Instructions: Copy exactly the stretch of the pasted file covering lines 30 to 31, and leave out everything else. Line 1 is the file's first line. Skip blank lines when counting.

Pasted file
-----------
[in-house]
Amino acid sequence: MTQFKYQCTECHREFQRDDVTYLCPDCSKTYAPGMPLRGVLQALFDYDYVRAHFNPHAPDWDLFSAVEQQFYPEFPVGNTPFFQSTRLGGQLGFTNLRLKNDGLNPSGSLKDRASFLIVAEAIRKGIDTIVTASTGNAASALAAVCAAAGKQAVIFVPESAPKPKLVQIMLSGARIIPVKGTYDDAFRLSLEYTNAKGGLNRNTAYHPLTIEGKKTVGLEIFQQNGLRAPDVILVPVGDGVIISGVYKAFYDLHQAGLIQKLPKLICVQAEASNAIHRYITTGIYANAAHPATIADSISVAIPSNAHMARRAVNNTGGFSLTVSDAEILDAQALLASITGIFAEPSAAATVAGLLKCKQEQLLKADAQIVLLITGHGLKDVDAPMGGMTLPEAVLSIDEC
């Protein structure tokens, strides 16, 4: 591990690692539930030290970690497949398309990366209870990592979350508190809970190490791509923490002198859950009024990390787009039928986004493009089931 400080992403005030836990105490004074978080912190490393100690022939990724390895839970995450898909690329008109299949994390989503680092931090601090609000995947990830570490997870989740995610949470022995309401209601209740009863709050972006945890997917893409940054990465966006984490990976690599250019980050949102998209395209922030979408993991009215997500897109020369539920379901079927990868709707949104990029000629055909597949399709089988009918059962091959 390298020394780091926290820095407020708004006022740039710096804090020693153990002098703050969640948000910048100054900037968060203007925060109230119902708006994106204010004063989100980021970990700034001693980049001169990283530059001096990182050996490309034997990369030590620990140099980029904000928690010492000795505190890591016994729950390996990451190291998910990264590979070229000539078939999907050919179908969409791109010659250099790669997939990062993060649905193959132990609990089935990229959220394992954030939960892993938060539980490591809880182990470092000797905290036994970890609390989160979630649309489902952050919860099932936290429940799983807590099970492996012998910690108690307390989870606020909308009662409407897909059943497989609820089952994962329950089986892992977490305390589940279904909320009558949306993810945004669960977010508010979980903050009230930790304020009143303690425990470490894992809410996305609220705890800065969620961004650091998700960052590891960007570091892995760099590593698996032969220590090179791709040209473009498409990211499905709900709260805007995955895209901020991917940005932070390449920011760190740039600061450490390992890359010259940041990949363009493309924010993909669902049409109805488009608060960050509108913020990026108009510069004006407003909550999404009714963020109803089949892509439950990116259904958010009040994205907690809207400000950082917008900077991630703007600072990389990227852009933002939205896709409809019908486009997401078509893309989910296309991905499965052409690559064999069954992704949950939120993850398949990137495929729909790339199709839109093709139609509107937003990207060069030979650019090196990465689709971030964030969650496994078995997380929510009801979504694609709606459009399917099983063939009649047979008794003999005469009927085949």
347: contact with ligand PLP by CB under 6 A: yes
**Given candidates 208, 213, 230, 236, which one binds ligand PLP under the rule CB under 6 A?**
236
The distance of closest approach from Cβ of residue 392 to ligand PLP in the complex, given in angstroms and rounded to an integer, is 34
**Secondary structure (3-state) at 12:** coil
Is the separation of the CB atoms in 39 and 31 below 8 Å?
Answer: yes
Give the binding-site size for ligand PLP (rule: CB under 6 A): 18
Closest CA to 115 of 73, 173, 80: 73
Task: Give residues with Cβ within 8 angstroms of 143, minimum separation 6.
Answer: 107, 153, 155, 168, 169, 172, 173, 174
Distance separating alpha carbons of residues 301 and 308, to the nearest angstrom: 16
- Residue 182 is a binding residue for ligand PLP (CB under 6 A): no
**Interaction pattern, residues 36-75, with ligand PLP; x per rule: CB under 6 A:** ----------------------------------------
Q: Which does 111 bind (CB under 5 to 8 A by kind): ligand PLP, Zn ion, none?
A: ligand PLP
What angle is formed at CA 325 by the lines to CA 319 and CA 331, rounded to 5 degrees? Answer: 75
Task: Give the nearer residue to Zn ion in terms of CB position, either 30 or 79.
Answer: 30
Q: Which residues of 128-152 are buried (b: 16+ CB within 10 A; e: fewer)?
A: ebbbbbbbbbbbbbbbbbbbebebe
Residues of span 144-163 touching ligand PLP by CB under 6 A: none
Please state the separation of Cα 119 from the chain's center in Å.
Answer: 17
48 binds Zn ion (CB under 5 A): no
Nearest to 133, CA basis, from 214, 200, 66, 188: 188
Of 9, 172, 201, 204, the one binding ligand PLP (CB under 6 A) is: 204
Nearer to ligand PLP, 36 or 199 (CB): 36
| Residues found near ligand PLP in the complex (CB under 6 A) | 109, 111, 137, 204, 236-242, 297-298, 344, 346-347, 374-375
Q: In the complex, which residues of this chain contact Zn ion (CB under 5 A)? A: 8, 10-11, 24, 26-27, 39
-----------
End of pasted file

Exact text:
Of 9, 172, 201, 204, the one binding ligand PLP (CB under 6 A) is: 204
Nearer to ligand PLP, 36 or 199 (CB): 36